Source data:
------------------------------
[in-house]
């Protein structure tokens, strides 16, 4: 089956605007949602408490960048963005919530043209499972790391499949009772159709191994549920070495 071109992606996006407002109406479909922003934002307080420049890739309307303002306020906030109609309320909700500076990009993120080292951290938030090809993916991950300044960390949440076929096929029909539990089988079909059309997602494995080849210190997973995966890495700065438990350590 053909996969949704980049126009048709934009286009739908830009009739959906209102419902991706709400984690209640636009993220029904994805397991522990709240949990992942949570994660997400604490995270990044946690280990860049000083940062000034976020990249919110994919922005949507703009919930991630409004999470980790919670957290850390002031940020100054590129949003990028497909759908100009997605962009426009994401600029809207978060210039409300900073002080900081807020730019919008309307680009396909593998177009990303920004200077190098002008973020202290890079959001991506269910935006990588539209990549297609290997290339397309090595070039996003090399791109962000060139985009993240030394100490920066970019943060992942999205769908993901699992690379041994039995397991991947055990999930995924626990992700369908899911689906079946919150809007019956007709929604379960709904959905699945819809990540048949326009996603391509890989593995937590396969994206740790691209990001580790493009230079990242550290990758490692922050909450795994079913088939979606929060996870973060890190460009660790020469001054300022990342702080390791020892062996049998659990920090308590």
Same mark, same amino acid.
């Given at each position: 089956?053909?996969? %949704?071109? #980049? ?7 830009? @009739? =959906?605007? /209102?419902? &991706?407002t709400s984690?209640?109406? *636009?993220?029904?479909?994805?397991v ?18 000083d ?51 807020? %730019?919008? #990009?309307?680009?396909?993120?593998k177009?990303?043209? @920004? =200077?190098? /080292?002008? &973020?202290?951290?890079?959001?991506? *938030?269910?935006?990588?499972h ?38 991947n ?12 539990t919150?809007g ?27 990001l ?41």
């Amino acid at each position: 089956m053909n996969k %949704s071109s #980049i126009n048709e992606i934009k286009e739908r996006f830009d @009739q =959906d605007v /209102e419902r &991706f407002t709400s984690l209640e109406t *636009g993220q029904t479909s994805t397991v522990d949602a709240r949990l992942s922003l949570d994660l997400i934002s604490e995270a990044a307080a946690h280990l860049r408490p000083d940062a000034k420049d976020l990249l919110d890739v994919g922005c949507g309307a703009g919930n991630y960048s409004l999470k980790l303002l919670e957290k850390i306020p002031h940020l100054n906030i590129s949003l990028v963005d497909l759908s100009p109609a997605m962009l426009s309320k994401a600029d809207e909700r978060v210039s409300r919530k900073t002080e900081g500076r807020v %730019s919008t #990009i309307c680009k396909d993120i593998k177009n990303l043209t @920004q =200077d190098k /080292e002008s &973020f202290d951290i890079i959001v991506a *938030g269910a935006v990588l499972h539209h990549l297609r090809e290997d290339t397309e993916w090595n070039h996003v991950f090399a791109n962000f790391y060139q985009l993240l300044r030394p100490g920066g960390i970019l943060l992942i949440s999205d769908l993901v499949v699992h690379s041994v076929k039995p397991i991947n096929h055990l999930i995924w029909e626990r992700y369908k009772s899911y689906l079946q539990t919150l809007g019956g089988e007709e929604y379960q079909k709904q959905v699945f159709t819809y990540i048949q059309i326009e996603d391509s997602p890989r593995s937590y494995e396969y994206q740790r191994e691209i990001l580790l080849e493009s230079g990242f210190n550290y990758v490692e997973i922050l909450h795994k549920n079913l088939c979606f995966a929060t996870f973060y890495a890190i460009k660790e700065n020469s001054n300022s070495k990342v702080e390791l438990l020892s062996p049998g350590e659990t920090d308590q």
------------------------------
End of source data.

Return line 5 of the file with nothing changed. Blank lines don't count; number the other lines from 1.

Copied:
């Amino acid at each position: 089956m053909n996969k %949704s071109s #980049i126009n048709e992606i934009k286009e739908r996006f830009d @009739q =959906d605007v /209102e419902r &991706f407002t709400s984690l209640e109406t *636009g993220q029904t479909s994805t397991v522990d949602a709240r949990l992942s922003l949570d994660l997400i934002s604490e995270a990044a307080a946690h280990l860049r408490p000083d940062a000034k420049d976020l990249l919110d890739v994919g922005c949507g309307a703009g919930n991630y960048s409004l999470k980790l303002l919670e957290k850390i306020p002031h940020l100054n906030i590129s949003l990028v963005d497909l759908s100009p109609a997605m962009l426009s309320k994401a600029d809207e909700r978060v210039s409300r919530k900073t002080e900081g500076r807020v %730019s919008t #990009i309307c680009k396909d993120i593998k177009n990303l043209t @920004q =200077d190098k /080292e002008s &973020f202290d951290i890079i959001v991506a *938030g269910a935006v990588l499972h539209h990549l297609r090809e290997d290339t397309e993916w090595n070039h996003v991950f090399a791109n962000f790391y060139q985009l993240l300044r030394p100490g920066g960390i970019l943060l992942i949440s999205d769908l993901v499949v699992h690379s041994v076929k039995p397991i991947n096929h055990l999930i995924w029909e626990r992700y369908k009772s899911y689906l079946q539990t919150l809007g019956g089988e007709e929604y379960q079909k709904q959905v699945f159709t819809y990540i048949q059309i326009e996603d391509s997602p890989r593995s937590y494995e396969y994206q740790r191994e691209i990001l580790l080849e493009s230079g990242f210190n550290y990758v490692e997973i922050l909450h795994k549920n079913l088939c979606f995966a929060t996870f973060y890495a890190i460009k660790e700065n020469s001054n300022s070495k990342v702080e390791l438990l020892s062996p049998g350590e659990t920090d308590q």